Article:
U.S., Chinese warships come dangerously close
The guided missile cruiser USS Cowpens steams through the Philippine Sea on Nov. 10, 2012.
December 13th, 2013
03:25 PM ET

U.S., Chinese warships come dangerously close

By Barbara Starr

A confrontation between the U.S. and Chinese navies led to a tense moment in the South China Sea, CNN has learned.

The incident last Friday, which was resolved peacefully, was the latest sign of Chinese military aggression in international waters and airspace.

A U.S. Navy warship was forced to come to a sudden stop when a Chinese military ship crossed dangerously close in what sources described as a deliberate maneuver.

No weapons were fired and the incident was resolved.
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Reports: American who went missing in Iran worked for CIA
Daniel Levinson (L) shows a picture of his father, ex-FBI agent Robert Levinson, holding his grandson Ryan during a press conference with his mother Christine at the Swiss embassy in Tehran, 22 December 2007.
December 13th, 2013
09:02 AM ET

Reports: American who went missing in Iran worked for CIA

By Susan Candiotti and Catherine E. Shoichet

A former FBI agent who went missing in Iran was working for the CIA there, not conducting private business as officials have previously claimed, The Associated Press and the Washington Post reported on Thursday.

Both the State Department and Bob Levinson's family have long denied he was working for the U.S. government when he disappeared on a trip to Iran in 2007.

But Thursday's reports from the Washington Post and the AP claim that Levinson had been on a CIA mission to dig up information.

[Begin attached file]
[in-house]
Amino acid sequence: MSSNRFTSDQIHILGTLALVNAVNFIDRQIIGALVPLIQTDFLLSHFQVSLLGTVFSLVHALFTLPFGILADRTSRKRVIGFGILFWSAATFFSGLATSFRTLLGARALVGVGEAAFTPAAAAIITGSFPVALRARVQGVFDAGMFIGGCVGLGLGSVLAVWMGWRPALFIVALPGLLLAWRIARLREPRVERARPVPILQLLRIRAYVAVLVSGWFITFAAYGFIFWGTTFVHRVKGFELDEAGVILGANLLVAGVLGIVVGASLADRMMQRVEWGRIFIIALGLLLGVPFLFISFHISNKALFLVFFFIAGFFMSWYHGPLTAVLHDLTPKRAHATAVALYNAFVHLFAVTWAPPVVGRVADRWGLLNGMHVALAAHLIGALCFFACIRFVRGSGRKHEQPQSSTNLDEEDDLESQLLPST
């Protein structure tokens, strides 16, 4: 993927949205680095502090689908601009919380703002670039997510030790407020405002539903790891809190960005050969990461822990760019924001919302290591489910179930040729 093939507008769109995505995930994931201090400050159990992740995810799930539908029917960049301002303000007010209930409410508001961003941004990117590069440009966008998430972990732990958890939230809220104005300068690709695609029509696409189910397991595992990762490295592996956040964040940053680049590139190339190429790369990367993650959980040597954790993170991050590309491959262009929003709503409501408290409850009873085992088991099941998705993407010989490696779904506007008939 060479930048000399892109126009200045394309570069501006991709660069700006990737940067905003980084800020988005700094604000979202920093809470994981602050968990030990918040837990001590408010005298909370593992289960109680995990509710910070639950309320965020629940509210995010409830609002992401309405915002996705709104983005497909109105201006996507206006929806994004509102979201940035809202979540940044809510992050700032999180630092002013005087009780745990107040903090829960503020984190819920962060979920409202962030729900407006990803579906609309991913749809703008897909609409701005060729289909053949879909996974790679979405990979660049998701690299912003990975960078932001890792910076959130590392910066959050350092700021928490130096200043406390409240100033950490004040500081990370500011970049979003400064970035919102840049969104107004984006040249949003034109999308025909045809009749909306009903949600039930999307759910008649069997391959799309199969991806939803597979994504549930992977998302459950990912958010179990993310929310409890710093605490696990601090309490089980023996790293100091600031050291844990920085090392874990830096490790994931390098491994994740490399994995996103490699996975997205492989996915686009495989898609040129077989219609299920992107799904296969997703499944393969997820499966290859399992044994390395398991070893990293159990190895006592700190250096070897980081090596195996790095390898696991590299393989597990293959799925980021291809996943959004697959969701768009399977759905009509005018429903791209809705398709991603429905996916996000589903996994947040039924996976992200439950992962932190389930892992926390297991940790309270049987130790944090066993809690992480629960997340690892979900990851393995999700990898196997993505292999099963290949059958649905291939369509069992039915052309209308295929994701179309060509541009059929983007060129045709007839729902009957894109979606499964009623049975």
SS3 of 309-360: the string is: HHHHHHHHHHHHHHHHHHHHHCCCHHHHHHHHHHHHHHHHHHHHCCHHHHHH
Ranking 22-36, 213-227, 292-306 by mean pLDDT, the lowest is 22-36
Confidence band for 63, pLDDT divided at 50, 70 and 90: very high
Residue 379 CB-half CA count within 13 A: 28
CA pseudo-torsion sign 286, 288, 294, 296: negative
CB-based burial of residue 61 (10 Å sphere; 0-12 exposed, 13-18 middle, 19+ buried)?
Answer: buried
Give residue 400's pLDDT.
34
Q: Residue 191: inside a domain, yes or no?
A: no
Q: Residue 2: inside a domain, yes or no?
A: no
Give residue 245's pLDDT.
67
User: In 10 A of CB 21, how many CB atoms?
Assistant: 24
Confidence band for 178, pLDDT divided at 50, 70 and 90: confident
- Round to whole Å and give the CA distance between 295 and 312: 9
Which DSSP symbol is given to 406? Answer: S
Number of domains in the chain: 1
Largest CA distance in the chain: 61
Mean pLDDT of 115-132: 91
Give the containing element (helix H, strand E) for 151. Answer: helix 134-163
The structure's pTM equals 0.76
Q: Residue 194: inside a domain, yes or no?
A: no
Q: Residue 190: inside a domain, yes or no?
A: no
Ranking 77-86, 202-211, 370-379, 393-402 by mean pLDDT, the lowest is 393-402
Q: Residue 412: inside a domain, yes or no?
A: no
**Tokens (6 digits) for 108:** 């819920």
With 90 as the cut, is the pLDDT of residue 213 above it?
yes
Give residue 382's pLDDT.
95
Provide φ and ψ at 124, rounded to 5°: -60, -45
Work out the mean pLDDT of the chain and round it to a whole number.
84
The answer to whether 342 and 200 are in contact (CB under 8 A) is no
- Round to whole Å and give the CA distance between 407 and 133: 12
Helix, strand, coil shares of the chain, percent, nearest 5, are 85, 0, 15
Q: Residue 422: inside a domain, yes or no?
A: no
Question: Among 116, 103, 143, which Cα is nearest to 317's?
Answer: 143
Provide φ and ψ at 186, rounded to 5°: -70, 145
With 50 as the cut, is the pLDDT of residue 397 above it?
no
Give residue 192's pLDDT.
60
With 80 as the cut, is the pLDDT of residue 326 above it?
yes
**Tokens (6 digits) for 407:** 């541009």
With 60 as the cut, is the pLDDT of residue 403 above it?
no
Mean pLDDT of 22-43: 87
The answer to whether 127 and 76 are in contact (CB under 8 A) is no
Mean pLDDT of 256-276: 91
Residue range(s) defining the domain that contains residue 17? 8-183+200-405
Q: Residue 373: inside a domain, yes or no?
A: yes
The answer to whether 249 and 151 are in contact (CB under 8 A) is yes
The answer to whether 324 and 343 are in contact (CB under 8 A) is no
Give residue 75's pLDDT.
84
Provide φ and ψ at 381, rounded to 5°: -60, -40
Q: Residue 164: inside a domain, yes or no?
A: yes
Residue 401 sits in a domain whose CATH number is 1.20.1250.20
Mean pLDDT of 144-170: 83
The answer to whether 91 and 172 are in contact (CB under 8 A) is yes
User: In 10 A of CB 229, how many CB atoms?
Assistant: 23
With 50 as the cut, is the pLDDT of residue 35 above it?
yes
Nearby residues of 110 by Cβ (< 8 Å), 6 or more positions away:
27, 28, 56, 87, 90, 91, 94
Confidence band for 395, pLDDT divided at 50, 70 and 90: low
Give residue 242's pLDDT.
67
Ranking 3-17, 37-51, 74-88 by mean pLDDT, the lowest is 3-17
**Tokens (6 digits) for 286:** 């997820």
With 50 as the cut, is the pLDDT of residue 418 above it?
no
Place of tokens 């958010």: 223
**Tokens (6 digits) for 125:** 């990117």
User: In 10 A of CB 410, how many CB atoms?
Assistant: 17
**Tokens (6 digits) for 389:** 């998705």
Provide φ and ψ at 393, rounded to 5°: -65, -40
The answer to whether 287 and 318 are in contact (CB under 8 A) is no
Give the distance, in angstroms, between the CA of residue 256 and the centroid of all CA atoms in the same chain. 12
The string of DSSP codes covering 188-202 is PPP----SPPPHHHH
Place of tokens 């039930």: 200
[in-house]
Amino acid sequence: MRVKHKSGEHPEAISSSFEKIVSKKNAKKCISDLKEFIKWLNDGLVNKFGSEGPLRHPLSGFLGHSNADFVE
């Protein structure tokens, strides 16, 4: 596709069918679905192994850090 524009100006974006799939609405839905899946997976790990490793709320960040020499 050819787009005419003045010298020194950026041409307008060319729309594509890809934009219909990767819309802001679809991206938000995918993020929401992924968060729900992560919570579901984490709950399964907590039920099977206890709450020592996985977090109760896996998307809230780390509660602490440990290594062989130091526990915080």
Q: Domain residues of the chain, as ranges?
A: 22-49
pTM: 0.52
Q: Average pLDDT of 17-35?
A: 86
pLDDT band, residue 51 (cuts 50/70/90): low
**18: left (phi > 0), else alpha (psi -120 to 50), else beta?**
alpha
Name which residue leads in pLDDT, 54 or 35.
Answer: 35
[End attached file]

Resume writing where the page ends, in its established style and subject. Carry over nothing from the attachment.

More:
A source who's involved in the matter told CNN that there's proof that Levinson worked for the CIA undercover and under contract while also working as a private investigator.

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Filed under: CIA • Iran • Security Brief
Uncertainty after North Korea announces execution of leader's uncle
This file picture taken by North Korea's official Korean Central News Agency (KCNA) on April 15, 2013 shows North Korean leader Kim Jong-Un (R) applauding at the Unhasu orchestra concert at the People's Theatre in Pyongyang to celebrate the 101st anniversary of the birth of late leader Kim Il-Sung, as his uncle, Jang Song-Thaek (L), looks on.
December 13th, 2013
08:50 AM ET

Uncertainty after North Korea announces execution of leader's uncle

By Jethro Mullen and Tom Watkins

As the shock sinks in of North Korea's extraordinary announcement of the execution of leader Kim Jong Un's uncle and former protector, government officials and analysts are trying to decipher what the brutal move means.

The ruthless disposal of Jang Song Thaek - Kim's uncle by marriage who had, until recently, been regarded as the second-most powerful figure in the secretive, nuclear-armed nation - has serious implications for North Korea, its neighbors and the United States, observers said.

But exactly what is going on inside the notoriously opaque North Korea regime remains as murky as ever.

"We don't have a clear sense of this at all," said Victor Cha, a senior adviser at the Center for Strategic and International Studies who represented the United States in nuclear talks with North Korea.

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Filed under: Kim Jong-un • North Korea